When the U.S. Olympic team entered Fisht Olympic Stadium for the opening ceremonies in Sochi, Olympic Silver medalist and World Champion, Todd Lodwick, who is competing in a record-setting 6th Winter Games, carried the American flag.
Yes, his six winter Olympics is a new record. And yes, he’s a world champion, but it’s also his endurance and perseverance that made him the fitting choice.
It’s almost 20 years ago, to the day, that Todd competed in his first Winter Olympics in Lillehammer with U.S. Ski Team coach, Tom Steitz, by his side. Tom identified Todd during his high school years in Ski-town USA (Steamboat Springs), and worked with him and other Nordic Combined teammates to turn around the U.S. program from last place on the world stage to the podium.
Today, Tom lends his coaching talents to coaching executives in public boardrooms and tech startups– including companies like Avaya, eBay, Hewlett-Packard, Johnson & Johnson and Orbitz. As head of 3 Peaks Consulting, Tom reinforces a set of core attributes – mutual trust, accountability and commitment – that makes a true leader. He also focuses on training executives like he trains athletes: developing programs that take individuals and teams to maximum performance and building muscle memory for winning leadership that pulls through for decades.
We recently caught up with Tom in the Bay Area to ask him a few questions about Todd, the parallels of Olympic training and executive leadership, and how team-based fundamentals can deliver winners on the slopes and in business.
Were you surprised Todd was chosen as Team USA’s flag bearer during the Opening Ceremonies?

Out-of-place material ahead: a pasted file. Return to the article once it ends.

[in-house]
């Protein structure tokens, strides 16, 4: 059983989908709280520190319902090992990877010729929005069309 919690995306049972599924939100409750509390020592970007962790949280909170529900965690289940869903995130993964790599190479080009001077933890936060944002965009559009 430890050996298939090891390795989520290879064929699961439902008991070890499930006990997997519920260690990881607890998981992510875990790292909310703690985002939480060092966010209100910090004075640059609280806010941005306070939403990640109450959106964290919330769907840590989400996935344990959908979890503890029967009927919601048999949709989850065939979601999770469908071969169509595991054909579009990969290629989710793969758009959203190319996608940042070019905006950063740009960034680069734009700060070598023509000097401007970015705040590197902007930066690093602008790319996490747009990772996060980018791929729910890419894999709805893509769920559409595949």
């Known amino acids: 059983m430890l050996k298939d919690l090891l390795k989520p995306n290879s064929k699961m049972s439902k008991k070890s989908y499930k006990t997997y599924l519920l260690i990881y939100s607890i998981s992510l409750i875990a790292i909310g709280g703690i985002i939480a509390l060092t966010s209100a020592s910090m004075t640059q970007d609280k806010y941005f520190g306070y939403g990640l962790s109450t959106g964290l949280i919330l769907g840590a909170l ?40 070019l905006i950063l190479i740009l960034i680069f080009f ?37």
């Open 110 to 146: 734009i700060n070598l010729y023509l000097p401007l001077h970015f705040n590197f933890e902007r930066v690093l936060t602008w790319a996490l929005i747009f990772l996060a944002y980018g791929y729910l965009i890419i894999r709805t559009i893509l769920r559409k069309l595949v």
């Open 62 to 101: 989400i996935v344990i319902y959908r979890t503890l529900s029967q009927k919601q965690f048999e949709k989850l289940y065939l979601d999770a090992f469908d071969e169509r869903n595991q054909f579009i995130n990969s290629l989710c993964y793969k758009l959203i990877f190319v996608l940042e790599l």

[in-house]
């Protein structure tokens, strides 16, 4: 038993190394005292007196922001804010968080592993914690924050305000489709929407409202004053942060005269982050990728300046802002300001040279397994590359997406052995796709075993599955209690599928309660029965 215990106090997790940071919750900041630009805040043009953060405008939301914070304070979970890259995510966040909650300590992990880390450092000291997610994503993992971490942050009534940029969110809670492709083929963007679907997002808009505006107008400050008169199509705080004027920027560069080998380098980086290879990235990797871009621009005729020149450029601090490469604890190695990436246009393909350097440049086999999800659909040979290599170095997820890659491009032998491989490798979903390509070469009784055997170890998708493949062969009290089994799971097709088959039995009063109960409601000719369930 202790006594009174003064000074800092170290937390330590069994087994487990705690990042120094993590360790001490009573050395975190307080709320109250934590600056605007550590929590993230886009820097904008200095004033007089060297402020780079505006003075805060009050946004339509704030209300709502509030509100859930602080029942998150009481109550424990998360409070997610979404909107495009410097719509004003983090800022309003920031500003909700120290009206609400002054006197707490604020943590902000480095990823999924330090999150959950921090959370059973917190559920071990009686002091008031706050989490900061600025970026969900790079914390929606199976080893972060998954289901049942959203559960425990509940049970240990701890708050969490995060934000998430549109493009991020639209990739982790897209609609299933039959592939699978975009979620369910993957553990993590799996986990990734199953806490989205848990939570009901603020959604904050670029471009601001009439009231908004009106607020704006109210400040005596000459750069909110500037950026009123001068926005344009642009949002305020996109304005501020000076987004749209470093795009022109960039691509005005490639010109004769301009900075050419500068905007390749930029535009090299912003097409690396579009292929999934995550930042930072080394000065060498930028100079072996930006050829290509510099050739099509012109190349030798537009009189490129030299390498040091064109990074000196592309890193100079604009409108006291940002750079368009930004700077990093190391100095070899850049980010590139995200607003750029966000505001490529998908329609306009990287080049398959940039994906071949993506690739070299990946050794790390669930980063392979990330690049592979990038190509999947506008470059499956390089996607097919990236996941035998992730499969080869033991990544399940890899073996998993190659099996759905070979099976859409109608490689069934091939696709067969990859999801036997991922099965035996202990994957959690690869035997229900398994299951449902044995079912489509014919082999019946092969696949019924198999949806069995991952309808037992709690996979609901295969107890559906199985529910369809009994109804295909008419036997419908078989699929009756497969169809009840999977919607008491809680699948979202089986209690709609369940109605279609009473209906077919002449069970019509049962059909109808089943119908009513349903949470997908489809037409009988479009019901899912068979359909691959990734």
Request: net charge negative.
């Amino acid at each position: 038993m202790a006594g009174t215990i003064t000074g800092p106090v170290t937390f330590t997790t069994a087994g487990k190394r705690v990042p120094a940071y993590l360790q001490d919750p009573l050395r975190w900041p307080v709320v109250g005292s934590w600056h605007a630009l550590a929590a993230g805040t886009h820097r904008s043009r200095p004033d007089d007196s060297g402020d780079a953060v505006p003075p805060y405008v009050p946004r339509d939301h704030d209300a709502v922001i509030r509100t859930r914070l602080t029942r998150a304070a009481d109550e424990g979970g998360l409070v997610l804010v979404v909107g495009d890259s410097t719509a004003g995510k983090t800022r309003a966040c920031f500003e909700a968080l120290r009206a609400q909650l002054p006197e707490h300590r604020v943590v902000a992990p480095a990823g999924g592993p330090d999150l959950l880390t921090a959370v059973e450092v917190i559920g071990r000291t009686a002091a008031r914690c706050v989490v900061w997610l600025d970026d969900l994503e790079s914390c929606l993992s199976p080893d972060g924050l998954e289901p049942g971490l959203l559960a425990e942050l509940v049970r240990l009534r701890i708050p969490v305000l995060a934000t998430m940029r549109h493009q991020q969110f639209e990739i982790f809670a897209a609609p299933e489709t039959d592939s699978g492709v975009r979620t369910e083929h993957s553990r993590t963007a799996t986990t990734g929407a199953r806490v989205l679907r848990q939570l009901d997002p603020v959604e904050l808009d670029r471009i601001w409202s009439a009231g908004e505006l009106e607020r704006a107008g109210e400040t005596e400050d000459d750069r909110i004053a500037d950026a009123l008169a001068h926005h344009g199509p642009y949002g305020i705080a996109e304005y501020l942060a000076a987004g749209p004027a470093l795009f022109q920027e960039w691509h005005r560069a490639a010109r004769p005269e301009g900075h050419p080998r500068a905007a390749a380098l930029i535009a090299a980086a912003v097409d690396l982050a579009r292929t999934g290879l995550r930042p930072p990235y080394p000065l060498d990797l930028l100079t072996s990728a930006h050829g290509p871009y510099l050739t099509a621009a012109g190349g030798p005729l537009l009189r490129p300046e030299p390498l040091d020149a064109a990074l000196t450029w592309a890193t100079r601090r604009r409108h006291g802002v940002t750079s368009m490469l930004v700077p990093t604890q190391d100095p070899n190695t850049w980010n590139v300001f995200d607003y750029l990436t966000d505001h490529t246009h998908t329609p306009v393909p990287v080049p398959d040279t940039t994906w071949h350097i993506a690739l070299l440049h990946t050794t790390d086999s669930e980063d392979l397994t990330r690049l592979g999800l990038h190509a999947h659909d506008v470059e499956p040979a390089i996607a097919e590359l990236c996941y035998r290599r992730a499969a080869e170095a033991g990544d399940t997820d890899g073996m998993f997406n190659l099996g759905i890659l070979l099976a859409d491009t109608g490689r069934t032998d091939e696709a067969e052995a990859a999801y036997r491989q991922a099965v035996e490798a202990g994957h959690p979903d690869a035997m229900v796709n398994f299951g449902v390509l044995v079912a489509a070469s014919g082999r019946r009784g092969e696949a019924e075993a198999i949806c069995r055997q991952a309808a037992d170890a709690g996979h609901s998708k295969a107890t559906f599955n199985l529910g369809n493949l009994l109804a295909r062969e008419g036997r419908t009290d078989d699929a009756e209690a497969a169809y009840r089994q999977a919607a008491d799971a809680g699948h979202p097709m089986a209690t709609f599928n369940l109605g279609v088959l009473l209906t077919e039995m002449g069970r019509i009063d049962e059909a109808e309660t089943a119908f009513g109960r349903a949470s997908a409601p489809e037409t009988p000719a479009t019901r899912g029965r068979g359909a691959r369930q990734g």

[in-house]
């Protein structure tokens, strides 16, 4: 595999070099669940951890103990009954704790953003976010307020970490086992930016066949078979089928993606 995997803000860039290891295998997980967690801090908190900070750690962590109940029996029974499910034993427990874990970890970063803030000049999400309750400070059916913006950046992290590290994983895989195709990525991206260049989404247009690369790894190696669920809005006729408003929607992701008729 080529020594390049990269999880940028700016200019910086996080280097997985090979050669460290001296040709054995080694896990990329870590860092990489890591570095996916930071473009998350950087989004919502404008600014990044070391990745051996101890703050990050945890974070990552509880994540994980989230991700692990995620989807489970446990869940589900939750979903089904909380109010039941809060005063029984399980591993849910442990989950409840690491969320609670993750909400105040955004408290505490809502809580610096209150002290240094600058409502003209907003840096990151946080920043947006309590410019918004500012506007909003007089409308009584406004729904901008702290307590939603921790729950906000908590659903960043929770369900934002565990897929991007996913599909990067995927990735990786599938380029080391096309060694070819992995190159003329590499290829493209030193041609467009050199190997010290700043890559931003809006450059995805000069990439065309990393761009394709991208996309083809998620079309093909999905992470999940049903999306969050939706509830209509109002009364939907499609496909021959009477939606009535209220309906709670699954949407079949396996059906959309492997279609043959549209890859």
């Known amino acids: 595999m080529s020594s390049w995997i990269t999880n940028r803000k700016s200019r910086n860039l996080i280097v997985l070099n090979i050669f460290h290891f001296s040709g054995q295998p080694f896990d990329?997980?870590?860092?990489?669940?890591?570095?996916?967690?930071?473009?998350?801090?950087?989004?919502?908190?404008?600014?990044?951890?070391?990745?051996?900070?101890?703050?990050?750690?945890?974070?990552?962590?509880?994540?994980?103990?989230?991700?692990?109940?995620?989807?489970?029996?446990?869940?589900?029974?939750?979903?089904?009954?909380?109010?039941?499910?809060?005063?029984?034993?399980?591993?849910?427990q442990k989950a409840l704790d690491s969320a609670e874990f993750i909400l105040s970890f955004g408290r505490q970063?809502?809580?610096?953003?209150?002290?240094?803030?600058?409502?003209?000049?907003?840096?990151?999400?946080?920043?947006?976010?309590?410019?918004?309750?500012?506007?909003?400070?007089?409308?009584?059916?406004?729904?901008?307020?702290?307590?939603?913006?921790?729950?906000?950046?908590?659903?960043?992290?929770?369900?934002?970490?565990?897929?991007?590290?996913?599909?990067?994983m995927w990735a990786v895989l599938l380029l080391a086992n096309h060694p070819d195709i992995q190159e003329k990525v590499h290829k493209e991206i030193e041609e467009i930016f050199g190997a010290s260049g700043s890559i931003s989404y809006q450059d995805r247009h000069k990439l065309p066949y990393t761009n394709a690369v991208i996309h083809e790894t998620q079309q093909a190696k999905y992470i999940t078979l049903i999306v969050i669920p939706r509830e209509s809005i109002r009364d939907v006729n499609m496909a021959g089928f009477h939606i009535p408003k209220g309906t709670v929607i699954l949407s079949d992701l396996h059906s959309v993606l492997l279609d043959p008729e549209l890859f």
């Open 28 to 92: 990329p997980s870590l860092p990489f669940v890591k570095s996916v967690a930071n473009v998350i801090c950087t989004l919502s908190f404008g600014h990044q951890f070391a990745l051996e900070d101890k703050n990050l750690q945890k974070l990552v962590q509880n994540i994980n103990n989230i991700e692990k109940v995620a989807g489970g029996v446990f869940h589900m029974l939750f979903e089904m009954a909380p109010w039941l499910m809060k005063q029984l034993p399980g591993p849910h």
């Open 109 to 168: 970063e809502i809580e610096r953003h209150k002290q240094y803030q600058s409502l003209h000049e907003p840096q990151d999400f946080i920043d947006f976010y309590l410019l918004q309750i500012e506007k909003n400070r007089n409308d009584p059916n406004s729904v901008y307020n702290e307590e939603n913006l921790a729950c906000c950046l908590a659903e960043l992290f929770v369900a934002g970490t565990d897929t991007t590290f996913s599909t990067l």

TS: Not at all! The flag bearer has the important role of leading Team USA onto the primetime, worldwide stage. Because fellow Olympians select this person, peer relationships and respect are essential. Todd is the only Olympian and first American to compete in six Winter Games. Imagine the dedication it takes to make a single Olympics! You think it’s hard leading a company? Try being the absolute best in the world for one day, let alone 20-plus years.
What qualities about Todd stood out to you the most?
TS: When I first approached Todd about joining the team, he was debating between Nordic Combined and special jumping. I convinced him to step outside his comfort zone and join Nordic Combined despite having never really cross-country skied. He had a gung-ho, take-no-prisoners attitude and was great on the jump hill – exactly what the team needed to get on its feet and move toward rebuilding. Teaching him to cross-country ski was the easy part. Over the years, Todd has focused on building the basic principles of leadership: mutual trust, accountability and commitment. Those basic concepts are often hard to live while we work on the training, whether as an athlete or executive.
Photo Credit- craigdailypress.com
You coached the U.S Nordic Combined Ski Team from 1988 to 2002 and are credited with putting the sport on the worldwide skiing map. What’s the secret to developing leaders?
TS: I’ve always believed that true leadership is a set of principles and processes that stand the test of time. They don’t change with the latest leadership book or program. The vision and beliefs that have driven me for three decades haven’t changed. And, for Todd, his teammates, and executives, it’s all the same. It all starts with the team in shared goals, and individual egos have to take a back seat.
What parallels exist between coaching skiers and coaching executives?
TS: When you strip away the medals, the skis, and the suits, it’s no different training an athlete vs. an executive. The coaching principles are the same, and I use the same set of core attributes with executives that I used with Todd and others on the Ski Team: mutual trust, accountability and commitment.
What motivates you? What’s impacted you the most?
TS: What motivates me is watching athletes and executives succeed and knowing that I helped in some small way by finding methods that unlocked a hidden potential in them.
What has impacted me the most? That’s always a tough question. I have had a few really good coaches and mentors myself and these people have had the biggest impact on my success. I want the executives I work with to look back someday when they are being interviewed and feel the same way.
You live in Steamboat. Any tips for skiing there?
TS: Go now!!!! It’s a really big snow year.